“16. Deputy Commissioner under Section 38 is empowered to refund any portion of the penalty in excess of five rupees which has been paid in respect of such instrument. Section 38 Sub-section (1) again uses the expression "if he thinks fit". Thus, in cases where penalty of 10 times has been imposed, Deputy Commissioner has discretion to direct the refund of the penalty in facts of a particular case. The power to refund the penalty Under Section 38 clearly indicates that legislature have never contemplated that in all cases penalty to the extent of 10 times should be ultimately realised. Although the procedural part which provides for impounding and realisation of duty and penalty does not give any discretion Under Section 33 for imposing any lesser penalty than 10 times, however, when provision of Section 38 is read, the discretion given to Deputy Commissioner to refund the penalty is akin to exercise of the jurisdiction Under Section 39 where while determining the penalty he can impose the penalty lesser than 10 times.”[Para No.19]
Collector can not impose extreme penalty of ten times of deficient stamp duty unless dishonest or contumacious intention of evading stamp duty is found
    The expression “if he thinks fit” also occurs in Section 40 sub-clause (b). The same legislative scheme as occurring in Section 39 is also discernible in Section 40(b), there is no legislative intentment that in all cases penalty to the extent of ten times the amount of proper stamp duty or deficient portion should be realised. The discretion given to Collector by use of expression “if he thinks fit” gives ample latitude to Collector to apply his mind on the relevant factors to determine the extent of penalty to be imposed for a case where instrument is not duly stamped. Unavoidable circumstances including the conduct of the party, his intent are the relevant factors to come to a decision.[Para No.20]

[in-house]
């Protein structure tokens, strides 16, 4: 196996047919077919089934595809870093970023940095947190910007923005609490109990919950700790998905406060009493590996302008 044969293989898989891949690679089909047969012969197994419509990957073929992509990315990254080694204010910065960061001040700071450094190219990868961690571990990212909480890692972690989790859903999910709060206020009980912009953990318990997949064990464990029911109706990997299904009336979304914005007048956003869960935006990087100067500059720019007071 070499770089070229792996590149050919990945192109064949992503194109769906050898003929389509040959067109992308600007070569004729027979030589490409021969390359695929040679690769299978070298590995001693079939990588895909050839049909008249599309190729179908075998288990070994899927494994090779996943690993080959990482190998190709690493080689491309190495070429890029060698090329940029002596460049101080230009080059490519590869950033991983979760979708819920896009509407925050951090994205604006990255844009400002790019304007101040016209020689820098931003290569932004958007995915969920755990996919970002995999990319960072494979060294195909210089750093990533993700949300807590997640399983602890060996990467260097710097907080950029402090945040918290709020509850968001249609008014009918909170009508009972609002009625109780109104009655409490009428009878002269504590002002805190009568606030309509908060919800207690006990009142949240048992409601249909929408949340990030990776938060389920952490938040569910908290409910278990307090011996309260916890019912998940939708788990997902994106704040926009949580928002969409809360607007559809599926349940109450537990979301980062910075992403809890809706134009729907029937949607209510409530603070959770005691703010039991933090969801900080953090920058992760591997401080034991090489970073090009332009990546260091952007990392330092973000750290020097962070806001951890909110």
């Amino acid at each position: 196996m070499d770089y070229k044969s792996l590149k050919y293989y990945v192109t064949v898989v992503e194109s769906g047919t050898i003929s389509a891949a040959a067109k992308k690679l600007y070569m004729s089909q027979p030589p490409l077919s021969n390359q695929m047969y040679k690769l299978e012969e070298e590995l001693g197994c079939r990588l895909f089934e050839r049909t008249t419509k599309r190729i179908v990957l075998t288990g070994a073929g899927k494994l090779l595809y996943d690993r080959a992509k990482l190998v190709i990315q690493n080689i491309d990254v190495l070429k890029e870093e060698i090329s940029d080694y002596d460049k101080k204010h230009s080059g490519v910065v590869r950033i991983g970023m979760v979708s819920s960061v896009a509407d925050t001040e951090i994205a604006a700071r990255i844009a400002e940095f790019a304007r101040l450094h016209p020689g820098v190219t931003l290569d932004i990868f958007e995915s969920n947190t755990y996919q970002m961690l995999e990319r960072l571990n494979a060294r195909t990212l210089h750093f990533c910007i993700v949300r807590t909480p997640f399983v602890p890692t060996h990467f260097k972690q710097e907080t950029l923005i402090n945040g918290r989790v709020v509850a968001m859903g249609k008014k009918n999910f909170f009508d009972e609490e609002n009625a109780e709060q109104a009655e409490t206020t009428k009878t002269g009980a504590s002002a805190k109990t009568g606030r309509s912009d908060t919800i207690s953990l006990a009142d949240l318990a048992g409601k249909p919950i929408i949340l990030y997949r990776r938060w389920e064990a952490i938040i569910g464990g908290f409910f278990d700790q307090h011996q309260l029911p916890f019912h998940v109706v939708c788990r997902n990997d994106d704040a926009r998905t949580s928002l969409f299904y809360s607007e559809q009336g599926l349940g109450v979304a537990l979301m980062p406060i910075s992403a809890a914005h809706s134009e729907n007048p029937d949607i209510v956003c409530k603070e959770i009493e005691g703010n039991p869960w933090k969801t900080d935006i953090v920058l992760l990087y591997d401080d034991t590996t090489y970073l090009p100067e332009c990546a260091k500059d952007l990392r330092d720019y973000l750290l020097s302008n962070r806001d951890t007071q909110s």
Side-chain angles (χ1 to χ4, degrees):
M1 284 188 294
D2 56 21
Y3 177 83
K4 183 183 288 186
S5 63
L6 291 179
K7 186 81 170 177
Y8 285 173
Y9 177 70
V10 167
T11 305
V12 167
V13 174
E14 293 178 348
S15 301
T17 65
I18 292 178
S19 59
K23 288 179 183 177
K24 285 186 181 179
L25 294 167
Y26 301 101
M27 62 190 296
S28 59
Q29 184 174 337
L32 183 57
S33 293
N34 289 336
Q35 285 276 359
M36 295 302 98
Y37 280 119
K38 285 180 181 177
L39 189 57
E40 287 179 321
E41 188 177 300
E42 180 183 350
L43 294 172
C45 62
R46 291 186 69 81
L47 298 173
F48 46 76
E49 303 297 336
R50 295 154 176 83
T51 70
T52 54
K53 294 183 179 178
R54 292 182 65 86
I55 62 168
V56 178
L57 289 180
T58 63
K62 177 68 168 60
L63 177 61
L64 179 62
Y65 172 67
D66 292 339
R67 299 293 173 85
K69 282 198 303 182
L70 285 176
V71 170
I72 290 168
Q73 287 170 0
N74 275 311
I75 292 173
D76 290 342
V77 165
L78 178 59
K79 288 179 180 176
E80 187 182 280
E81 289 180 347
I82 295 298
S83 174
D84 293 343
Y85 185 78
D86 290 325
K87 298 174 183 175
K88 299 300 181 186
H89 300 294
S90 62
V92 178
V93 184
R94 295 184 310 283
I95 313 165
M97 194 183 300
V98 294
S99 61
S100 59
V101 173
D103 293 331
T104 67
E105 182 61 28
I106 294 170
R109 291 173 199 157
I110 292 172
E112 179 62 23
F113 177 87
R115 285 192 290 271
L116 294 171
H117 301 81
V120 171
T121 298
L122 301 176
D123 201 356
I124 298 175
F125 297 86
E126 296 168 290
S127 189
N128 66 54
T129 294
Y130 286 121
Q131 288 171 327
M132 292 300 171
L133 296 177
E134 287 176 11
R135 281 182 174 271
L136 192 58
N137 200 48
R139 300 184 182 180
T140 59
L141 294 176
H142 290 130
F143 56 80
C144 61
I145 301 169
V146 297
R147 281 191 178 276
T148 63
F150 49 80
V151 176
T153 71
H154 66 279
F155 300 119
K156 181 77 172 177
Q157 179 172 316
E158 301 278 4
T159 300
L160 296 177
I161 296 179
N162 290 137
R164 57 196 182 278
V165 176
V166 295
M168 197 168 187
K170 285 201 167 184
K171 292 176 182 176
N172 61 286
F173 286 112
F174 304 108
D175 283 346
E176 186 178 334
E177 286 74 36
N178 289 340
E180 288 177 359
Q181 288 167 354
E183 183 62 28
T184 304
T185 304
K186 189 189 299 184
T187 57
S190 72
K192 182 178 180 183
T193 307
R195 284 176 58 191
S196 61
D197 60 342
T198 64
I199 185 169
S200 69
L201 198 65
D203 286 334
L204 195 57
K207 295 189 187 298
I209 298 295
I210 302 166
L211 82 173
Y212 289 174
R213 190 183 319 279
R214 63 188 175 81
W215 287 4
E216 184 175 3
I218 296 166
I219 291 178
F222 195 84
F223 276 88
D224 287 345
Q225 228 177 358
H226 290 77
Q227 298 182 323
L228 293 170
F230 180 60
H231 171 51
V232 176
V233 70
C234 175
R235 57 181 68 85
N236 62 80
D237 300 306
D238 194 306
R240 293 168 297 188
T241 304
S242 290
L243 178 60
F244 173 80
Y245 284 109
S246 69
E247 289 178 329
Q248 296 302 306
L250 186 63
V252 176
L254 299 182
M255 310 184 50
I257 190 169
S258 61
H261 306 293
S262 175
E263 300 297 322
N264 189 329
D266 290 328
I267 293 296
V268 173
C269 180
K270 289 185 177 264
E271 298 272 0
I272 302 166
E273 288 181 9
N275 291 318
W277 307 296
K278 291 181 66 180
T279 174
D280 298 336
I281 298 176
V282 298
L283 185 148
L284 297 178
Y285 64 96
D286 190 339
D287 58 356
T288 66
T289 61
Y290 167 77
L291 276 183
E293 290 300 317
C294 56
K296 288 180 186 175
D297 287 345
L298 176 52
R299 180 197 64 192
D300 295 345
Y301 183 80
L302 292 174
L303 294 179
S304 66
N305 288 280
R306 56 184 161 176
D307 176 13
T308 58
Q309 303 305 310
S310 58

29 August 2020

No penalty can be imposed otherwise than prescribed by the statute or rules

It is well settled that when a Statute or a Statutory Rules prescribed a penalty for any act or omission, no other penalty not contemplated in the Statute or a Statutory Rules can be imposed. It is well settled that when Statute requires a thing to be done in a particular manner, it is to be done only in that manner.[Para No.50]

No penalty can be imposed otherwise than prescribed by the statute or rules
   There can be no doubt that strong measures must be taken to protect the environment and improve the air quality whenever there is contravention of statutory rules causing environmental pollution. Stringent action has to be taken, but in accordance with law.[Para No.51]

   Stoppage of supply of fuel to vehicles not complying with the requirement to have and/or display a valid PUC Certificate is not contemplated either in the 1989 Rules or in the NGT Act.
Motor Vehicles not complying with the requirement of possessing and/or displaying a valid PUC Certificate cannot be debarred from being supplied fuel.[Para No.52]